The article 'Elon Musk Follows Zero Women on Twitter' by Motherboard created quite the controversy. How dare a media organisation challenge an influencer on an issue related to gender equality, especially something that pertains to almost half of the world's population? This made Musk wake up from his diversity slumber to give this hard-hitting response.
@motherboard I use twitter for news orgs. My Insta has same women as men. What's up with the phoney PC police axe-grinding?
— Elon Musk (@elonmusk) October 4, 2016
At least he follows women on Instagram! He doesn't seem phased by this news piece at all. Not enough to finally follow a woman on Twitter, right? That would be GQ Magazine's Caity Weaver for you, who deals with this amazing honour with this satirical interview in her magazine.
An article in The Guardian reinforced that tech leaders in fact hardly follow women on Twitter. Silicon Valley leaders like Apple CEO Tim Cook, Microsoft founder Bill Gates and many others are guilty of following a disproportionate amount of men. While Motherboard is already getting attacked for this story, with certain news outlets calling them social justice warriors, this is a trend worth following up on.
Equality and diversity have always been a contentious issue in the tech industry. Forbes reported that according to a Reuters study, 30% of 450 technology executives said that their groups didn't have any women in leadership positions. Having women in leadership positions isn't just important to have their voice heard or to have enough representation, but also because gender pay gap is still a reality. The World Economic Forum believes it will take another until 2133 until the global pay gap between men and women will close, that is a sum of 118 years.
As the Motherboard article itself reports, neither Tesla Motors nor SpaceX publish Equal Employment Opportunity reports, so not following women on Twitter is only part of the problem. Nonetheless, we believe in reforming things, one step at a time. So here are five Twitter accounts of women in tech that you should most certainly be following:
Melinda Gates- @melindagates
Since we mentioned Bill Gates, it was only fair to include his significant other, who has been hard at work to diversify the tech industry, on this list. The philanthropist has been working since the past 16 years through the Bill and Melinda Gates Foundation to help women help reduce poverty and increase access to education across the world using information technology. A strong advocate of closing the gender gap in tech, she often retweets articles and insights from 'news orgs'. Elon Musk, are you listening?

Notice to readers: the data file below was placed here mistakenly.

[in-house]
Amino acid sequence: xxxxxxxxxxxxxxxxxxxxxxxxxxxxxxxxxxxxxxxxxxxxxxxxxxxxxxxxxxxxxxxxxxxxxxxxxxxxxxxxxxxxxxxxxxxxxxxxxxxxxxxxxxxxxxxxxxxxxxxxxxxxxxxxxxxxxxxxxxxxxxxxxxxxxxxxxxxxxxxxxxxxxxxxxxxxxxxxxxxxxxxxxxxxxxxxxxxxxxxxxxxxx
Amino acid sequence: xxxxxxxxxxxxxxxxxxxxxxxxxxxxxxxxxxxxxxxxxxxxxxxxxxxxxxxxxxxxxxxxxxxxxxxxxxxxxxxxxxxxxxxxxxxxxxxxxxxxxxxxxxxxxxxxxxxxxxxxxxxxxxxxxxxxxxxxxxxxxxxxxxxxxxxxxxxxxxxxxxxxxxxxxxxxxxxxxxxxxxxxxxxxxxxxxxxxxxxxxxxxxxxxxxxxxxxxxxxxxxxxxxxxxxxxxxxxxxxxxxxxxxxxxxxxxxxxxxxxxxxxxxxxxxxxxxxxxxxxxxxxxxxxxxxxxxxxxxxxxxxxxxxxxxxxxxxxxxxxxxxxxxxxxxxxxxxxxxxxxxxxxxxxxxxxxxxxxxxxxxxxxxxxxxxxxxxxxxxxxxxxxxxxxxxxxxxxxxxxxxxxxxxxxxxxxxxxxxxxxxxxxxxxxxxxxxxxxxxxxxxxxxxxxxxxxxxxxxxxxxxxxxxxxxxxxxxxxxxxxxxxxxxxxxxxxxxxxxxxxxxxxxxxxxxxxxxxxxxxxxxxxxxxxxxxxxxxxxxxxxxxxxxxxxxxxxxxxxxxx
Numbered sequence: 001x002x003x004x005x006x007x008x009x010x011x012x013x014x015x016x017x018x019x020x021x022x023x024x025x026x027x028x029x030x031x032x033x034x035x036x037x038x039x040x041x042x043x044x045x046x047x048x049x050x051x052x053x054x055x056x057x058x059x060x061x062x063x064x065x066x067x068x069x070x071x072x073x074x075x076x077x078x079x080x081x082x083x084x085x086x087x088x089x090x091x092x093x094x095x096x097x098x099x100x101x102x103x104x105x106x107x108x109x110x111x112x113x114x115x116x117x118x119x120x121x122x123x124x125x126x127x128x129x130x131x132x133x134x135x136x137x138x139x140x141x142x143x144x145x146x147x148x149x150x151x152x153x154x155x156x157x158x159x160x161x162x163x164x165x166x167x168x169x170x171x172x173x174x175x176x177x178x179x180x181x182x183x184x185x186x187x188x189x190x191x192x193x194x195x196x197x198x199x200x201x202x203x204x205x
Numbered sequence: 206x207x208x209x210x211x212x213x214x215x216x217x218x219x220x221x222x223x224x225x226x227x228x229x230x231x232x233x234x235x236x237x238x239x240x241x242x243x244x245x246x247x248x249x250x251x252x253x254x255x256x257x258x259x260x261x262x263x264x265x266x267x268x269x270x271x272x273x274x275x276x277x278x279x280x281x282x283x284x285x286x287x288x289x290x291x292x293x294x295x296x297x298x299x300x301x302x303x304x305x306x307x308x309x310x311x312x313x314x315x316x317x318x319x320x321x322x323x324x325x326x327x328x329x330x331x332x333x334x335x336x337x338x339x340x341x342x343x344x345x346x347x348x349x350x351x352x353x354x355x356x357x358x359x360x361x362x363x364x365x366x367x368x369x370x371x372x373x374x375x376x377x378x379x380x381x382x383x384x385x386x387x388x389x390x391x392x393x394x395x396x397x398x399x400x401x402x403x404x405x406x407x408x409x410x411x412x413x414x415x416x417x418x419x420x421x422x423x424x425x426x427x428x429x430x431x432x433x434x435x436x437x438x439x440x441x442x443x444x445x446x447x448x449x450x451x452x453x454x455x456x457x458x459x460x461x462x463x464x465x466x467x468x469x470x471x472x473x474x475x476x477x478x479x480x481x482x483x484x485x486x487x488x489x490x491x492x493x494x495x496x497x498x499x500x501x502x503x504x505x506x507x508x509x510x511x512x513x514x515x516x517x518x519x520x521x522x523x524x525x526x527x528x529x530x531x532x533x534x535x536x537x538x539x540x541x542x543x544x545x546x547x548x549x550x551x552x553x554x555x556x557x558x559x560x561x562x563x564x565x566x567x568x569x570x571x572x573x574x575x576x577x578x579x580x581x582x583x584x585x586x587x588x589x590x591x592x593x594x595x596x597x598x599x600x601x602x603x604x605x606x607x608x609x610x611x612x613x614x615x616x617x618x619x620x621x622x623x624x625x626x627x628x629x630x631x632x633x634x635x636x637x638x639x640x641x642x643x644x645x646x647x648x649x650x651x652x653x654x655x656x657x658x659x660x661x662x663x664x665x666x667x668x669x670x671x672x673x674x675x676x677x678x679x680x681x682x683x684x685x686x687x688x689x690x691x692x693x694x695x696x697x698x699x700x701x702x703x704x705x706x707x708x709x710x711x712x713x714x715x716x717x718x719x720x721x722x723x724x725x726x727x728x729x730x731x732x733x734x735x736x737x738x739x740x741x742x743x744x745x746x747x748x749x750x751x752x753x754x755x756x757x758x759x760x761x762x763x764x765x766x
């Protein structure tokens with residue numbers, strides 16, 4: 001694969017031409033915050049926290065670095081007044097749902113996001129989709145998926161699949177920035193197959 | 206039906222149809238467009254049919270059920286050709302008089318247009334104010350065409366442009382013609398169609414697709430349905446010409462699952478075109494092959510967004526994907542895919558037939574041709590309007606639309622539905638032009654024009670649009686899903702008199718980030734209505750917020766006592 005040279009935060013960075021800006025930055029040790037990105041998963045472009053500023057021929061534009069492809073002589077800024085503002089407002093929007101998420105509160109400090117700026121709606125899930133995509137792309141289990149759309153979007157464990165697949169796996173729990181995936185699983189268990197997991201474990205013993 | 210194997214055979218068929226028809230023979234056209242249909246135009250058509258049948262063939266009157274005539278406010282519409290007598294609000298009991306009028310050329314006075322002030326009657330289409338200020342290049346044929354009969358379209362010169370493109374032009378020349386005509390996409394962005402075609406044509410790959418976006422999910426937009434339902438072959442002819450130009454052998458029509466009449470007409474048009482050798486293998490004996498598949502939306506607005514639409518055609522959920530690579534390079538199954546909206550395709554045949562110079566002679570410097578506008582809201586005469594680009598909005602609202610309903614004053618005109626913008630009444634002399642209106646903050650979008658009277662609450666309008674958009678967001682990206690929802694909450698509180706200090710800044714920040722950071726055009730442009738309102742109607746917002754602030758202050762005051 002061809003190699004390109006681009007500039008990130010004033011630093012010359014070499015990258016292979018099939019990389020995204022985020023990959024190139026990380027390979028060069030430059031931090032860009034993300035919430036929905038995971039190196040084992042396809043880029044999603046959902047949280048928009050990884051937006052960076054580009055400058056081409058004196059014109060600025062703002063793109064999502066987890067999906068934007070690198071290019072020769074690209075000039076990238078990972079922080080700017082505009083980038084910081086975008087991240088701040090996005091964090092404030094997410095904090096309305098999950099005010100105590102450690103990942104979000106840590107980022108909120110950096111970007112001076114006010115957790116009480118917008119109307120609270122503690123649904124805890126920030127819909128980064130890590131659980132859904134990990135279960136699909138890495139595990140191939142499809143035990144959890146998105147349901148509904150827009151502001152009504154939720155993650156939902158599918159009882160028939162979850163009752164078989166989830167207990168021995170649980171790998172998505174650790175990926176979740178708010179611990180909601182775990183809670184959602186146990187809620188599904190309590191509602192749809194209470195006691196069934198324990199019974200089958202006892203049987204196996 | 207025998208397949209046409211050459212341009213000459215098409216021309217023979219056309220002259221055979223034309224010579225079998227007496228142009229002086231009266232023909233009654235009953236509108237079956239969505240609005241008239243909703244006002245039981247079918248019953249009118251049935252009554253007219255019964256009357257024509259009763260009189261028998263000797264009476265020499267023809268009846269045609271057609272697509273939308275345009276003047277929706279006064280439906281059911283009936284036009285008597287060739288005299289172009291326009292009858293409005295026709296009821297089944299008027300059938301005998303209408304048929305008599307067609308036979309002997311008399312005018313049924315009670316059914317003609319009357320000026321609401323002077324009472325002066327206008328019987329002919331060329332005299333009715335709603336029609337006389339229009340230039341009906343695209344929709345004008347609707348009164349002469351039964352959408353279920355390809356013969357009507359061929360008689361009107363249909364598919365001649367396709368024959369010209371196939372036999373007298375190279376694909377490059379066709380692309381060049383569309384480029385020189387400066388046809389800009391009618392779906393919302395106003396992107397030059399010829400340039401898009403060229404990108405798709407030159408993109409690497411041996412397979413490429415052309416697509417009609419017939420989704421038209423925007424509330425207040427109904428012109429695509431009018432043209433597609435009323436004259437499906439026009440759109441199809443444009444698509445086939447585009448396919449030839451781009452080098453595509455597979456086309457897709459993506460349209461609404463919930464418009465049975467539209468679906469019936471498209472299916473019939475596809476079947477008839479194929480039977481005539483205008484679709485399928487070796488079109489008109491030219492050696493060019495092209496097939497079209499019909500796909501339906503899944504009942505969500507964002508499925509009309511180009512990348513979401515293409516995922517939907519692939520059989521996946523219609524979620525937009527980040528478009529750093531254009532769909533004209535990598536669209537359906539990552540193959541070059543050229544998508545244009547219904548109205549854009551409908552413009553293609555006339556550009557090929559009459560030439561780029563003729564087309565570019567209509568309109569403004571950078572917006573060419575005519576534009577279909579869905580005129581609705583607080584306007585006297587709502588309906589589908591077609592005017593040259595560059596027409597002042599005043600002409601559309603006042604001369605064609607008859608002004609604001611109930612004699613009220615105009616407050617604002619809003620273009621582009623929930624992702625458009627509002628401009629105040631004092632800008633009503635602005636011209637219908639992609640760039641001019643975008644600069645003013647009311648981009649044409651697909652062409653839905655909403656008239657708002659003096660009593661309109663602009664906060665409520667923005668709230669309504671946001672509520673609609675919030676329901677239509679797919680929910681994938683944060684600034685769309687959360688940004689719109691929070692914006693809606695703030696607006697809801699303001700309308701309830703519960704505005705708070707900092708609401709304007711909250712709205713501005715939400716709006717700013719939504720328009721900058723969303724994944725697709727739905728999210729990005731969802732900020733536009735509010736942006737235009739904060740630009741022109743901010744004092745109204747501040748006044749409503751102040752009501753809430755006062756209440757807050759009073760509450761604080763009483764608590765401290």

Lean In- @LeanInOrg
This initiative is the brainchild of Facebook COO Sheryl Sandberg who has been an active voice for more inclusivity in the tech community. She even hosted the Women in Product community event recently to acknowledge the innovations of female product managers in the tech community. This account may help teach the male tech magnates a thing or two about how to empower women to achieve their ambitions. We also recommend that Musk and co. see this enlightening video by Sandberg if they still aren't convinced.
Allyson Kapin- @WomenWhoTech
Allyson Kapin has many feathers of her leadership cap. She's the founder of Women Who Tech, a telesummit for women in the industry. She is also the founder of the web agency Rad Campaign, a collective that helps organizations change the world from a digital capacity. She has also made a handy guide of all her expertise via the book Social Change Anytime Everywhere: How to Implement Online Multichannel Strategies to Spark Advocacy, Raise Money, and Engage your Community. Maybe these male tech leaders could give this book a read and finally start engaging their female counterparts.
The 'Queen of the Electric Car Biz' might give Tesla a run for its money. She's the CEO NextEV USA, a company that builds connected electric vehicles. Her insights and advocacy on technology, entrepreneurship, equality and global business make her a must-follow on Twitter. If you need someone else to vouch for Padmasree and women in tech, here's what her son has to say.
— Padmasree (@Padmasree) September 24, 2016
Zeynep Tufekci- @zeynep
Zeynep Tufekci is proof that diversity in tech is important as it not only affect the business and politics of the industry, but it affects the society as a whole. Hence she is a writer, academic, advocate and a 'techno-sociologist' who writes with a focus on the effects of technology on politics and society. An advocate of online social change, her Twitter account carries regular constructive critique on the tech industry. Here's a video where she discusses the challenges of online social change in case you still aren't convinced.
There are many other female leaders who are reforming and disrupting the technology universe. Have any other recommendations of women in tech who are killing it on social media? Let us know what you think about this issue.